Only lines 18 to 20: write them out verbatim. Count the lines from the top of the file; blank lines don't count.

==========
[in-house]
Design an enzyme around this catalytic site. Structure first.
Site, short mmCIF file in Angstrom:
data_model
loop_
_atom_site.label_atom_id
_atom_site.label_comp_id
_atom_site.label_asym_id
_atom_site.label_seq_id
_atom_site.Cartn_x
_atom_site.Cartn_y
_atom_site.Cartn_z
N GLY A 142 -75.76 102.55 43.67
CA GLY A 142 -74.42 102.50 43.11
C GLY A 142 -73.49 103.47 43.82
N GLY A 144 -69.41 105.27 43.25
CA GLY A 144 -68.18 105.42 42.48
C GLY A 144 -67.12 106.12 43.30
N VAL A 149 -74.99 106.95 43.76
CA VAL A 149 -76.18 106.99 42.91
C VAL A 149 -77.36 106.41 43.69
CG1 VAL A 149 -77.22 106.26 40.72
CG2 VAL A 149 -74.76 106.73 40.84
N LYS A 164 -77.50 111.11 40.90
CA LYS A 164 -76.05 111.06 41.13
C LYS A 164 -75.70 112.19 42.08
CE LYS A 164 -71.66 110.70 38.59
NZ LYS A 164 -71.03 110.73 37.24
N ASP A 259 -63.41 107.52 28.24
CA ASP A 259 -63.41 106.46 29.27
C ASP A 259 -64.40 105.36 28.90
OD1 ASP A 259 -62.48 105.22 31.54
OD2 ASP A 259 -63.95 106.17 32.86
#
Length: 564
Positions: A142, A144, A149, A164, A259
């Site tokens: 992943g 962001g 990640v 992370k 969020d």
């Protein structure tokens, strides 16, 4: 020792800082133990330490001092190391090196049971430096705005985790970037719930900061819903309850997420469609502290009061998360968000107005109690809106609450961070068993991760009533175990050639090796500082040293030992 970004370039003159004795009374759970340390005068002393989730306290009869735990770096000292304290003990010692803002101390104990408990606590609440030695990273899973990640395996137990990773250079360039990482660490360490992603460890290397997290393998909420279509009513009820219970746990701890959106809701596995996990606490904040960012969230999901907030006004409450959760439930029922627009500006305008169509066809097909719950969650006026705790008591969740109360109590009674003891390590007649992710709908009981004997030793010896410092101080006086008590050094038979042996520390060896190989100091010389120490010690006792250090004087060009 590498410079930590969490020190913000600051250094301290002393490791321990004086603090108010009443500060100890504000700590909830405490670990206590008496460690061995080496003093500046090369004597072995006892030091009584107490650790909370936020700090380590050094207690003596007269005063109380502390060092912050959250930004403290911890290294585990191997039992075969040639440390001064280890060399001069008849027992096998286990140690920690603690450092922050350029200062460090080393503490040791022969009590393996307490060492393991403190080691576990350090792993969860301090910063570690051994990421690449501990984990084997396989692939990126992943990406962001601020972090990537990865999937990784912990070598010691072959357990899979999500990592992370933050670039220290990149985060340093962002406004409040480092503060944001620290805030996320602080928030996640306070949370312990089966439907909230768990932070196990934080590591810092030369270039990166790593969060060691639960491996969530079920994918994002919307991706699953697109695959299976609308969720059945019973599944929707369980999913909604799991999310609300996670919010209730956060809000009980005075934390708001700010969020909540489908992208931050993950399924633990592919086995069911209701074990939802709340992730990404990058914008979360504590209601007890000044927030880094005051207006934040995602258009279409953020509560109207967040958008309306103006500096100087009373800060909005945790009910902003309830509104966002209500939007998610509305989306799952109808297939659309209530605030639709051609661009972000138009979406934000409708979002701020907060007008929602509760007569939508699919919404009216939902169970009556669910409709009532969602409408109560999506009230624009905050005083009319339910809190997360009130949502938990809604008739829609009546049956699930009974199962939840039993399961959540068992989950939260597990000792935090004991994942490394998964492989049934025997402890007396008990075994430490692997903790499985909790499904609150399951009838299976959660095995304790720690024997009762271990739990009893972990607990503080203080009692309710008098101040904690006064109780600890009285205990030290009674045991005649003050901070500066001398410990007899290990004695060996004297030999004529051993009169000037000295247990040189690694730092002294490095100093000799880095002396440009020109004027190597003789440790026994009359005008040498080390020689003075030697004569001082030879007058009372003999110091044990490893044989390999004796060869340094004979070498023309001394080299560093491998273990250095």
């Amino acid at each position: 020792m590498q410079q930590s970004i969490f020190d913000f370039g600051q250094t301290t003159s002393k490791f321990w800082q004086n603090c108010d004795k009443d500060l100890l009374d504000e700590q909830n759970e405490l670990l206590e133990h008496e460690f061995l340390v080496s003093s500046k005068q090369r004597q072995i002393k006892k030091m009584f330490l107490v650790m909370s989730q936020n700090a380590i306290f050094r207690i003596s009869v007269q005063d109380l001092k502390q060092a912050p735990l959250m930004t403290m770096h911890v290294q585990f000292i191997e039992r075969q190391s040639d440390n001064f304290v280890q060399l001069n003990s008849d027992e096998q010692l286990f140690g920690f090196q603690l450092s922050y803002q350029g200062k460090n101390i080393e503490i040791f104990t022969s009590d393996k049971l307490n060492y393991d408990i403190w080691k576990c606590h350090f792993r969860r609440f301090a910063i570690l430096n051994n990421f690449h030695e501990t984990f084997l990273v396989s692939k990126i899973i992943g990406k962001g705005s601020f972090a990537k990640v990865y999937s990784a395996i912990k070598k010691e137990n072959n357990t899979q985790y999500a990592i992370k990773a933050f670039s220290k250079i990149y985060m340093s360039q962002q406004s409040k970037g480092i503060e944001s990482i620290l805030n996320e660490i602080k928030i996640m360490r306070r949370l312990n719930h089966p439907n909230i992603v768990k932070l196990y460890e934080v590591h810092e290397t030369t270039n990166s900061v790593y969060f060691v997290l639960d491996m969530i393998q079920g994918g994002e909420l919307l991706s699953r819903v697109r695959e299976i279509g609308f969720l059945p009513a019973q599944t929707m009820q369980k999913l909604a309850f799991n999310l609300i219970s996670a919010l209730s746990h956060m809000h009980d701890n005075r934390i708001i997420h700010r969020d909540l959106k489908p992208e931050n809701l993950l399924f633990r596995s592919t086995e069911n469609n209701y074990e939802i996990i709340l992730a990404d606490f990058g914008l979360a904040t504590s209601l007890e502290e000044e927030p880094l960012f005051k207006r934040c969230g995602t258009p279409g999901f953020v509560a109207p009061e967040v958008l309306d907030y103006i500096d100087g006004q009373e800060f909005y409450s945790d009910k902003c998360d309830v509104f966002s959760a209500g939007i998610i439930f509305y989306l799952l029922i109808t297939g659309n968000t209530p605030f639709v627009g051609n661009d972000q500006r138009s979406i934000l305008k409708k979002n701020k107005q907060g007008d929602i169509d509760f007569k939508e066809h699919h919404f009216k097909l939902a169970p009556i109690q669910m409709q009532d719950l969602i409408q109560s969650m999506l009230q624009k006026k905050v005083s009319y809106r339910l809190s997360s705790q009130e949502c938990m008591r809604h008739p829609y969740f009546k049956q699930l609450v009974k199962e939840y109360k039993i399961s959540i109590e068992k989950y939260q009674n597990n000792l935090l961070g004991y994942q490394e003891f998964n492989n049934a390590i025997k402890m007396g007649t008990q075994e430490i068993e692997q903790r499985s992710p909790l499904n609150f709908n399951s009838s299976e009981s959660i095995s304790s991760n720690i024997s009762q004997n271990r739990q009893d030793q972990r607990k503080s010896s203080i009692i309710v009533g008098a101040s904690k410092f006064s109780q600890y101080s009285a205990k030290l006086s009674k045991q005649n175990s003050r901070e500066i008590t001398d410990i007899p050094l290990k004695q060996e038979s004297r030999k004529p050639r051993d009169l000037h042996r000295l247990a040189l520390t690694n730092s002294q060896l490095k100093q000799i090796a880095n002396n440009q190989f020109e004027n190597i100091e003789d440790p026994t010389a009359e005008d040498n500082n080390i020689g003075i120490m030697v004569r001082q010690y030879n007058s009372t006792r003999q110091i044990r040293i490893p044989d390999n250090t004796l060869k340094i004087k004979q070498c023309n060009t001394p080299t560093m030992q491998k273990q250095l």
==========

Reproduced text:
C GLY A 144 -67.12 106.12 43.30
N VAL A 149 -74.99 106.95 43.76
CA VAL A 149 -76.18 106.99 42.91